Phosphenes induced by transcranial magnetic stimulation (TMS) are sensations of light, whereas a missing region in the visual field induced by TMS is generally referred to as a scotoma. It is believed that phosphenes are caused by neural excitation, while scotomas are due to neural inhibition. In light of the recent literature it might, however, be surmised that both phenomena are the result of neural noise injected into the cortex by TMS and that the likelihood of perceiving the two kinds of percepts depends on the state of the cortex at the time of stimulation. In the present study, TMS was applied over the left occipital cortex under different background conditions (Experiments 1-2) and using different TMS intensities (Experiment 3). Behavioral responses indicate the visual system processes luminance in a standardized manner, as lighter percepts were reacted to faster than darker percepts; this effect, however, did not extend to percept size. Our results suggest that phenomenological characteristics of artificial visual percepts are in line with the proposed effects of TMS as the induction of random neural noise interfering with the neural dynamics (the state of the cortex) at the time of stimulation.

Shining new light on dark percepts: visual sensations induced by TMS

Knight, Ramisha Spruill;MAZZI, Chiara;SAVAZZI, Silvia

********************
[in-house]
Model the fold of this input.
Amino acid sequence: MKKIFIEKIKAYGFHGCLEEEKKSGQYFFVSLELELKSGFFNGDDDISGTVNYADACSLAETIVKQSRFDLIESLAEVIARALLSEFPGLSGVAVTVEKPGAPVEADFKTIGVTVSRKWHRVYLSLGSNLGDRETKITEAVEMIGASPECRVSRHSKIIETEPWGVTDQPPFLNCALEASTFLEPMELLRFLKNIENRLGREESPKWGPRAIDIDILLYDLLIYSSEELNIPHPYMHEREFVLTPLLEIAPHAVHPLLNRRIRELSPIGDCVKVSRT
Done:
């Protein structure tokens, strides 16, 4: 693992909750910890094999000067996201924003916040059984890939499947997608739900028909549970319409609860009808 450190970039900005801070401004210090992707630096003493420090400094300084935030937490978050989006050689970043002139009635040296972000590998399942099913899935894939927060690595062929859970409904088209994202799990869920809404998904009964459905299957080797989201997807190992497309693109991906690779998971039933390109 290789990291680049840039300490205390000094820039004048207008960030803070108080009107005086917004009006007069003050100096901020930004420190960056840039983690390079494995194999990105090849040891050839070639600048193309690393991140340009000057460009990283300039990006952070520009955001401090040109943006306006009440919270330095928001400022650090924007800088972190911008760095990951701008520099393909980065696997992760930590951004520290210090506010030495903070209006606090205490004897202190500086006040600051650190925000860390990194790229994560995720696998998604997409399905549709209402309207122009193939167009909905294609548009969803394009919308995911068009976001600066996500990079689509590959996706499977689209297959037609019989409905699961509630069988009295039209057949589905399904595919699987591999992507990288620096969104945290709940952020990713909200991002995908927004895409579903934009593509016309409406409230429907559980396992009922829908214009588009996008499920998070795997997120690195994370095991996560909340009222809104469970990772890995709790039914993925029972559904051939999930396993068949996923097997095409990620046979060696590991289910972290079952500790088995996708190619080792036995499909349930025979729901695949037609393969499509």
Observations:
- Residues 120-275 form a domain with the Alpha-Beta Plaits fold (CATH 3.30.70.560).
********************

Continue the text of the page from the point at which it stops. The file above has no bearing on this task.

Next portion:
2015-01-01

Abstract

Phosphenes induced by transcranial magnetic stimulation (TMS) are sensations of light, whereas a missing region in the visual field induced by TMS is generally referred to as a scotoma. It is believed that phosphenes are caused by neural excitation, while scotomas are due to neural inhibition. In light of the recent literature it might, however, be surmised that both phenomena are the result of neural noise injected into the cortex by TMS and that the likelihood of perceiving the two kinds of percepts depends on the state of the cortex at the time of stimulation. In the present study, TMS was applied over the left occipital cortex under different background conditions (Experiments 1-2) and using different TMS intensities (Experiment 3). Behavioral responses indicate the visual system processes luminance in a standardized manner, as lighter percepts were reacted to faster than darker percepts; this effect, however, did not extend to percept size. Our results suggest that phenomenological characteristics of artificial visual percepts are in line with the proposed effects of TMS as the induction of random neural noise interfering with the neural dynamics (the state of the cortex) at the time of stimulation.
visual perception,phosphene,psychological phenomena
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Utilizza questo identificativo per citare o creare un link a questo documento: https://hdl.handle.net/11562/929130
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